Years ago I made up a loom for a frog. it was fun at the time but getting all the wires of the correct colour/amperage was difficult. I used the non adhesive tape.

I did not use a central earth point but retained the original local earth and did not have any problems. The car was used for production and classic trials and regularly got very wet and muddy.

The bullet connector joints I suspect were just there to facilitate the assembly on the production line. I soldered connections where possible.

I have to say when I restored my current frog 4 years ago, I used an Autosparkes one with suitable modifications. it has been completely reliable.
Bob Beaumont

I'm colour blind, so I would wire it all in one colour!
(first part IS true; not so sure about the second)
Graeme Williams

Hello Graeme.

If it helps, I've been using this stuff for years for looming and protecting wires (and hoses).
Polyethylene spiral wrap.

Bit of a gobfull - just copy/paste to your browser search box.

No tools required, just a bit of patience to wind it round the wiring bundle.
Advantages are: easy to remove if you need to. Wires can break out of the loom any where you want. Cheap. Protects against chafe. Not constricting, unlike shrink wrap or tape. Allows the wiring to cool as the spiral doesn't completely cover it.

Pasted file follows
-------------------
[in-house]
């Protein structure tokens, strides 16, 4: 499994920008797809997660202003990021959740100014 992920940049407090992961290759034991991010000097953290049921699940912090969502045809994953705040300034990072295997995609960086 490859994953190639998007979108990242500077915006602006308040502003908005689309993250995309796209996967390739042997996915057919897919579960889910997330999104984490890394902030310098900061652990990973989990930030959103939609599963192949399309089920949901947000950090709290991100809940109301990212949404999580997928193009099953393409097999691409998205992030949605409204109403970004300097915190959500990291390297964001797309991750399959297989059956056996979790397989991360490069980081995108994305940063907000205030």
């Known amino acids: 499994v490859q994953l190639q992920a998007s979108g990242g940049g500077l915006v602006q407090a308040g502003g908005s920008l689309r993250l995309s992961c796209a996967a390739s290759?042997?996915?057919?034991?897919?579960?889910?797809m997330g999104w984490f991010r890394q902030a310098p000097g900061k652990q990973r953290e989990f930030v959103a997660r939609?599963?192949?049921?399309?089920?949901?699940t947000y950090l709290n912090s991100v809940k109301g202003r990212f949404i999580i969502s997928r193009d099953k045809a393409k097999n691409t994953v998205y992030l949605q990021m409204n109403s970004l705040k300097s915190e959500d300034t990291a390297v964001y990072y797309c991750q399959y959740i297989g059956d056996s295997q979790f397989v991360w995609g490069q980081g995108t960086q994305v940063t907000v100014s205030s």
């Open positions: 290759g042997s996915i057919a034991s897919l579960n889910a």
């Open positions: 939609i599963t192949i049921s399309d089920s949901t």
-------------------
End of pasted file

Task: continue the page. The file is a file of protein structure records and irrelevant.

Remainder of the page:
On the earthing question - I don't know about Frogs but my 1500 has separate earths, at least from high current components like lights, going to earth poles (bolts) which are then connected to the battery negative pole. A quick peep at the wiring diagram just now and I can't immediately see anything that doesn't have a wired earth.
The better and more direct earthing you can achieve the better it'll work, because the voltage drops will be minimised. Personally I'd choose that approach over local chassis earthing anytime. On Lifeboats for example, not only is everything wired to earth points, but all the earth points are bonded (wired) together to eliminate any PDs that could lead to galvanic corrosion.

Hope this helps you, and good luck.
RS Hughes

Hi Graeme